I Am Half-Sick of Shadows

I’ve had a bit of bad luck recently when choosing books to read. This whole year, actually, has been filled with not-so-great (for me) reads. It’s been a delicate balance of slogging through to find some redemption in a book’s ending, and knowing when to cut my losses and move on.

Generally I cut my losses when the book is from the library and I haven’t shelled out for the book myself.

The point is my (self-described) flawless literary taste has been in question.

Which is why it was such a relief to jump into a book that I knew I would love, and that didn’t disappoint.

I am talking about the 4th installment of the Flavia de Luce series. More officially known as the Buckshaw Chronicles.

I Am Half-Sick of Shadows follows in the genius footsteps of The Sweetness at the Bottom of the Pie, The Weed That Strings The Hangman’s Bag, and A Red Herring Without Mustard. It is just as brilliant and possibly funnier than the others.

I am properly obsessed with this series, and especially with Flavia herself. The titles alone! Come on.

For those of you that are not in the know (and I insist you run out and educate yourselves immediately), the Buckshaw Chronicles tell the tale of 11 year old chemistry prodigy, Flavia de Luce who lives in an old English manor with her absentee dad and horrid sisters in the years following World War II. They have no money, her father is more interested in collecting stamps than his daughters and dead bodies keep turning up in the village.

In the latest installment, Colonel de Luce (Flavia’s dad) rents out the house to a film crew. They are always in need of some extra funds and this seemed like a relatively painless way to make some money. The crew descends on the manor and all sorts of characters turn up. The whole town ends up at the house for a Christmas Eve show when the vicar convinces the movie’s star to put on a performance.

And that’s when the dead body turns up.

That’s about all I will say about the main plot points. What fun is reading a murder mystery when you already know how it ends? None at all.

I will say that Flavia is in top form in this installment. I was laughing my head off at the audacity of an 11 year old girl inserting herself in a murder investigation. And some of the things that come out of her mouth! She is hysterical. In a totally dry, British humour kind of way. I adore her.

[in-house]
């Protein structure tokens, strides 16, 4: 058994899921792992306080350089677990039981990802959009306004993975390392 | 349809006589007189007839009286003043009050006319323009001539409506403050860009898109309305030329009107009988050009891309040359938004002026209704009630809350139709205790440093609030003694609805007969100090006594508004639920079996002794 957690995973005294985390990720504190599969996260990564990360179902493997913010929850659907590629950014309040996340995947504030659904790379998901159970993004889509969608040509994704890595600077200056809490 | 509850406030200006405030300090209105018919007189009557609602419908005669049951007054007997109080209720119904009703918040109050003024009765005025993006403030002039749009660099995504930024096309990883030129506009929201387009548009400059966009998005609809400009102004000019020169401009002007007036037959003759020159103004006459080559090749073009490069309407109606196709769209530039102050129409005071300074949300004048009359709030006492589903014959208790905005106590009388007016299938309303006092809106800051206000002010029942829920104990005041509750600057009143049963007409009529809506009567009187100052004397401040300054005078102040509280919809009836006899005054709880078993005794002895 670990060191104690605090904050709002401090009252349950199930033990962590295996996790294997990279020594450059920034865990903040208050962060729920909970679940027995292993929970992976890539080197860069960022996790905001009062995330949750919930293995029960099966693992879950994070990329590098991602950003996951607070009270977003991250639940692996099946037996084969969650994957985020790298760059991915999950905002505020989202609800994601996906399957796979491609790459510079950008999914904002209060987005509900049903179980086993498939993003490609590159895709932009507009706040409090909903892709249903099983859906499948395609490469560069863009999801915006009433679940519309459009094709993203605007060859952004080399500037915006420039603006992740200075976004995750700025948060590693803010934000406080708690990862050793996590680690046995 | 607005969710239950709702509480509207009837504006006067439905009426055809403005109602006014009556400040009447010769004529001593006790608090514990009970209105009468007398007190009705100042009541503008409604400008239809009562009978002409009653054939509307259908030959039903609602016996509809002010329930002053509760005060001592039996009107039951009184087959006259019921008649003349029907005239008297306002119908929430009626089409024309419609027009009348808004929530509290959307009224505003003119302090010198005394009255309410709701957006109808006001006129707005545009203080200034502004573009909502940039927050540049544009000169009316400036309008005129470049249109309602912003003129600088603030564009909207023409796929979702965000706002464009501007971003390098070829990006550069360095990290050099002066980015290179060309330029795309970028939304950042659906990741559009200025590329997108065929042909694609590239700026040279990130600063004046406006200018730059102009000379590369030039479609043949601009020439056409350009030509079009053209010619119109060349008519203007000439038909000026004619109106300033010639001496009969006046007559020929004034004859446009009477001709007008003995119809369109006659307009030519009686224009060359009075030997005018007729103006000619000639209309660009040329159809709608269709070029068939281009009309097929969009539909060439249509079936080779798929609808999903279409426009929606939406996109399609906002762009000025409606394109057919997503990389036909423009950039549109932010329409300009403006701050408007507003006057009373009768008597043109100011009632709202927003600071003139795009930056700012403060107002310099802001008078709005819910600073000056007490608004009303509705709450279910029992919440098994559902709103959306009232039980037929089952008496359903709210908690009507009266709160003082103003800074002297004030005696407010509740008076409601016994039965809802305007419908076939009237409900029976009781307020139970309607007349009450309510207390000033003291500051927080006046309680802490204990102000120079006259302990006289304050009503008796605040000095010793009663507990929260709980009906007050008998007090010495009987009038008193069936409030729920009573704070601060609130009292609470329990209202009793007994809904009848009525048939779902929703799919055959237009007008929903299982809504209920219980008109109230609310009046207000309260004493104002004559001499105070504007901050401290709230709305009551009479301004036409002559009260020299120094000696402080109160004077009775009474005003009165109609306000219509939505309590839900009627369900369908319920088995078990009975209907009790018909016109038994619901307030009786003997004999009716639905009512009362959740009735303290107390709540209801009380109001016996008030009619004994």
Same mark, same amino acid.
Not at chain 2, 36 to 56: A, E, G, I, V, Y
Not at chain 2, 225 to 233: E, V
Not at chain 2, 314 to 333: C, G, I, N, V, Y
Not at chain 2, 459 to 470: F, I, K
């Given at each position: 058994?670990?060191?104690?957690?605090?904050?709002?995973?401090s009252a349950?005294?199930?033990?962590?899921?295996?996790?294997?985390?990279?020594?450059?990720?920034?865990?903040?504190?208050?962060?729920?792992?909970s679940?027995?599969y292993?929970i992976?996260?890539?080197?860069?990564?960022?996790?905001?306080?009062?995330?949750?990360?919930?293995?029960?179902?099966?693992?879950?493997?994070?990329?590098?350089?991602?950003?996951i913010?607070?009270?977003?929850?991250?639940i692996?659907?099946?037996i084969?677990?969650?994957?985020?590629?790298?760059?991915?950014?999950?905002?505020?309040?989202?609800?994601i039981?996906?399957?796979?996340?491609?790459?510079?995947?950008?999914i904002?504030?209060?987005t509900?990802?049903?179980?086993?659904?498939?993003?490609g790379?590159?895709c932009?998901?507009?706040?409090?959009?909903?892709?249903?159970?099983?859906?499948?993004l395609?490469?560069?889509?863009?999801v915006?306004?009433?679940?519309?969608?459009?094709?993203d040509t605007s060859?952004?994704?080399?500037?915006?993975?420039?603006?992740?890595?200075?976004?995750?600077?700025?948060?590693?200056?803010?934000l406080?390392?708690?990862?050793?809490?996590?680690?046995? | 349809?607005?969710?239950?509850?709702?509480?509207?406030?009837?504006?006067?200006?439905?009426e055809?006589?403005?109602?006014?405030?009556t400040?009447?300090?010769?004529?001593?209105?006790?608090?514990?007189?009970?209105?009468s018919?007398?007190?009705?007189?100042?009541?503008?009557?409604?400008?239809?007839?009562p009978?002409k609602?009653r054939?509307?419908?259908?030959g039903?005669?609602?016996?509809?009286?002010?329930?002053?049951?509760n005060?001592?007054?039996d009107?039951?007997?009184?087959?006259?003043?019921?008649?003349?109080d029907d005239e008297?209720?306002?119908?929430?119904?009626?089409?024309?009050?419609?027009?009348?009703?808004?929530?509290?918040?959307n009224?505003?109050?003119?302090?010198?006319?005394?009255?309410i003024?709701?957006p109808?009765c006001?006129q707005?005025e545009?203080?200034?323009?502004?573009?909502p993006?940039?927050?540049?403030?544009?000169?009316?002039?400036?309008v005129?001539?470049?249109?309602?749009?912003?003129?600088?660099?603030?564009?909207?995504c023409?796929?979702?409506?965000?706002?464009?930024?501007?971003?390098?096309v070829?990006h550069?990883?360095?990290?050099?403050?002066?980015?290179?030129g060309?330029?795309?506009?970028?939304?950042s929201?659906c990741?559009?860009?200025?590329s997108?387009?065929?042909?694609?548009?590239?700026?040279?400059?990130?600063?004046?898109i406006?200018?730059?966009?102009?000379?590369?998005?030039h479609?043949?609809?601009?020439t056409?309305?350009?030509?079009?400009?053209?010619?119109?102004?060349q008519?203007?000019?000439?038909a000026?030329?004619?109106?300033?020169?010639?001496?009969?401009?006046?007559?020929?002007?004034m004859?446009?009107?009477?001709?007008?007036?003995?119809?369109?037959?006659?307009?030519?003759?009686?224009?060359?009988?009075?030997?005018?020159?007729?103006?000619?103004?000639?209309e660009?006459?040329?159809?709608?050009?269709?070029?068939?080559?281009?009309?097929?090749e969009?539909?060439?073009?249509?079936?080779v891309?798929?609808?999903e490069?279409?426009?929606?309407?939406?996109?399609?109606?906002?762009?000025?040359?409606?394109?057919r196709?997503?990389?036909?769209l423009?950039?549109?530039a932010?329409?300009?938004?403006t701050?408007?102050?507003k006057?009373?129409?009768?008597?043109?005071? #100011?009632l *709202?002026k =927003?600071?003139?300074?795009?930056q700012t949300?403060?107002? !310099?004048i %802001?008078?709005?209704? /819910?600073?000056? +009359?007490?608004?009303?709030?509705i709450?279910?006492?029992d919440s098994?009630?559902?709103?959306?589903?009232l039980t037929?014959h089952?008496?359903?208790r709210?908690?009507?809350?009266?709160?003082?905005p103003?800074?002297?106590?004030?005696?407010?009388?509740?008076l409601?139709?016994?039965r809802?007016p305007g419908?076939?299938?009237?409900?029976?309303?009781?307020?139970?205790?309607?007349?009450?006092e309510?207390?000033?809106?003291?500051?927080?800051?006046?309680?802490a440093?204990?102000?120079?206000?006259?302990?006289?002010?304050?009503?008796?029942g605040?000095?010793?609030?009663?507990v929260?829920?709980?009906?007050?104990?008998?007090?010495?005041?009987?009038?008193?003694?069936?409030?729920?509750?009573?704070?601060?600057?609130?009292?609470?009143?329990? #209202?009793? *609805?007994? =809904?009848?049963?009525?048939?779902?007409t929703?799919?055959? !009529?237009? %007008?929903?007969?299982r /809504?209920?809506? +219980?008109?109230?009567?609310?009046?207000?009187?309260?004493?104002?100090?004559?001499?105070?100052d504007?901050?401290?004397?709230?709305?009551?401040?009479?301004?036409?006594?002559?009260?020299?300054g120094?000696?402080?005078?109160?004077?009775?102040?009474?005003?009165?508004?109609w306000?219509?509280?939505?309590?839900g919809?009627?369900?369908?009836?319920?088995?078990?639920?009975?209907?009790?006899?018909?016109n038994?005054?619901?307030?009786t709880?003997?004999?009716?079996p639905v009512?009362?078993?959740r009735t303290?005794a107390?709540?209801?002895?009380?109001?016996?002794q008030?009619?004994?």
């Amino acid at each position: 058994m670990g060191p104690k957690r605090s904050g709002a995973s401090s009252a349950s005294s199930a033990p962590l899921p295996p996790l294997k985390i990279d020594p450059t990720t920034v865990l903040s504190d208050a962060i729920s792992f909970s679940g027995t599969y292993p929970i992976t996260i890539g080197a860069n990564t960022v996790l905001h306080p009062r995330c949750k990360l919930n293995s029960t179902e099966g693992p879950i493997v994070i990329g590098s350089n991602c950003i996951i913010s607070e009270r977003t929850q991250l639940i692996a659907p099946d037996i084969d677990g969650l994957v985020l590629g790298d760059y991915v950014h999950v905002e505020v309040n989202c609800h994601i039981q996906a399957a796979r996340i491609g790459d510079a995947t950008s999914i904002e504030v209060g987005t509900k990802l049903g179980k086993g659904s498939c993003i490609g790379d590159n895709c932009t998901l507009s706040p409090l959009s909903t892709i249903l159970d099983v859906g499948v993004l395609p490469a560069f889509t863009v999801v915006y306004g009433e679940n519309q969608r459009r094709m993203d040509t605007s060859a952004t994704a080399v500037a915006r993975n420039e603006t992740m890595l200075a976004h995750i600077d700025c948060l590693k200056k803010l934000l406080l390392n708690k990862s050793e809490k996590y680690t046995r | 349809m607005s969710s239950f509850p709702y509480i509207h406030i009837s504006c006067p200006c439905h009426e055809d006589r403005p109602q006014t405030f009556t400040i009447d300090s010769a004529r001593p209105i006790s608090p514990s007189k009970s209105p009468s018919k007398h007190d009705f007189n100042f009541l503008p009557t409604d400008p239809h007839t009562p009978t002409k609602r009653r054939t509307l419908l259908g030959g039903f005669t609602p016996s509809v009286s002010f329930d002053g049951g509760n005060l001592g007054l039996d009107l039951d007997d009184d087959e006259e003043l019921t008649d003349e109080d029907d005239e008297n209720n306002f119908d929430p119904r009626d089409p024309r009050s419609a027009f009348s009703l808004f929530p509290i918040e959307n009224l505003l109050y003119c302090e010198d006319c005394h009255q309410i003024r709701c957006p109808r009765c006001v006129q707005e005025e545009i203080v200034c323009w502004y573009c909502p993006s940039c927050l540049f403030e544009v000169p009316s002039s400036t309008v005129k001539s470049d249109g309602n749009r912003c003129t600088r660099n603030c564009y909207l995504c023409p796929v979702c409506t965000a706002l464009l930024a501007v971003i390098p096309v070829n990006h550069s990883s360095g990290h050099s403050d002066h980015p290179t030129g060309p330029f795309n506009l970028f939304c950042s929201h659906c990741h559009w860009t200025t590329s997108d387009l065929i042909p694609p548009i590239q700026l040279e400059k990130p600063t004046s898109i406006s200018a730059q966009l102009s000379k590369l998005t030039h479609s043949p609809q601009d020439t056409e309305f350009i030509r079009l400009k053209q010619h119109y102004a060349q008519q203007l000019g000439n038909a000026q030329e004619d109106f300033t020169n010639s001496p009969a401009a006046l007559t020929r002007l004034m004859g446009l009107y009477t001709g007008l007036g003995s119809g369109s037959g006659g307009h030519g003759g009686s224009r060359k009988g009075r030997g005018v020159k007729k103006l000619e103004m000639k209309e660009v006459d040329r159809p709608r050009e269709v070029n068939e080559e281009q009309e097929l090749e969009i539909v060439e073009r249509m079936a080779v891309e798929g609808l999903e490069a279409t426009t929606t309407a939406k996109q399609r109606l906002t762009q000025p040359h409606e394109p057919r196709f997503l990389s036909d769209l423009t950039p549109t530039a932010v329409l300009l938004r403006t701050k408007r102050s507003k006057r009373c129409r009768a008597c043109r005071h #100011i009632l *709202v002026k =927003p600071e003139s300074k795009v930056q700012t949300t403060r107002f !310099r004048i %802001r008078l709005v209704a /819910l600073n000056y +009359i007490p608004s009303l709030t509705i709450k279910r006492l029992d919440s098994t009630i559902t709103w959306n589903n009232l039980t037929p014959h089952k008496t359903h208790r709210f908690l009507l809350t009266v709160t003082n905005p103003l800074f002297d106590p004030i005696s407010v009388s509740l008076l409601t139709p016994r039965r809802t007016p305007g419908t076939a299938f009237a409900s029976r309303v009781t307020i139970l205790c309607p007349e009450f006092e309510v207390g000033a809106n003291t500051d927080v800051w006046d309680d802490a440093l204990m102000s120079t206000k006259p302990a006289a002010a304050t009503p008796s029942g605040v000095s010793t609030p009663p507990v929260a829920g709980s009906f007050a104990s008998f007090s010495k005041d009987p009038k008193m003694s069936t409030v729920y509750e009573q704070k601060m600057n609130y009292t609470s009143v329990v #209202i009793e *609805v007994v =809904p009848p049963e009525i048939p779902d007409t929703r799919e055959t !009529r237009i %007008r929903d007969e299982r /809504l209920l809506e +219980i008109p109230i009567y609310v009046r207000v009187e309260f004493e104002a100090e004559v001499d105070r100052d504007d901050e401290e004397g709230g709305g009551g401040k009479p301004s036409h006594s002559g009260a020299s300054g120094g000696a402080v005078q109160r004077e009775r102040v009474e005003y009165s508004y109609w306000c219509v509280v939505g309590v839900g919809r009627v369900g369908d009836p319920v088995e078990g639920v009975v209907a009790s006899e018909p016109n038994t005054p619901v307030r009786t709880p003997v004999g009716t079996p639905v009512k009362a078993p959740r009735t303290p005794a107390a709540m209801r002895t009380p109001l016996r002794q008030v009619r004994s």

A British film crew in the years following the Second World War provided ample opportunity for all sorts of characters with all kinds of histories to drop into the story. Alan Bradley certainly took advantage.

The excellent news here is that since I waited so long to read I Am Half-Sick of Shadows (I wanted it in paperback to match the others), I won’t have to wait too long for the 5th book to come out. Speaking From Among the Bones is due out in early 2013. And if you are looking to familiarize yourself with the first half of the series, I saw that the first three books have been combined into a handy first volume: The Buckshaw Chronicles.

I was thinking earlier today how fantastic it would be to hear that these books were going to be turned into a movie or mini-series and just now, what do I find? This article from May that says just that! By the same production company responsible for Call The Midwife! I’m in heaven!

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3 thoughts on “I Am Half-Sick of Shadows

  1. So lovely to find another Flavia fan. She is wonderful and charming and I completely agree that she’s an excellent go-to when I’m in a reading funk. So pleased to hear about the mini-series. I hope she’s well cast.

  2. Pingback: More Flavia! Review: The Dead in Their Vaulted Arches | The Paperback Princess

  3. Pingback: Farewell Flavia? | The Paperback Princess

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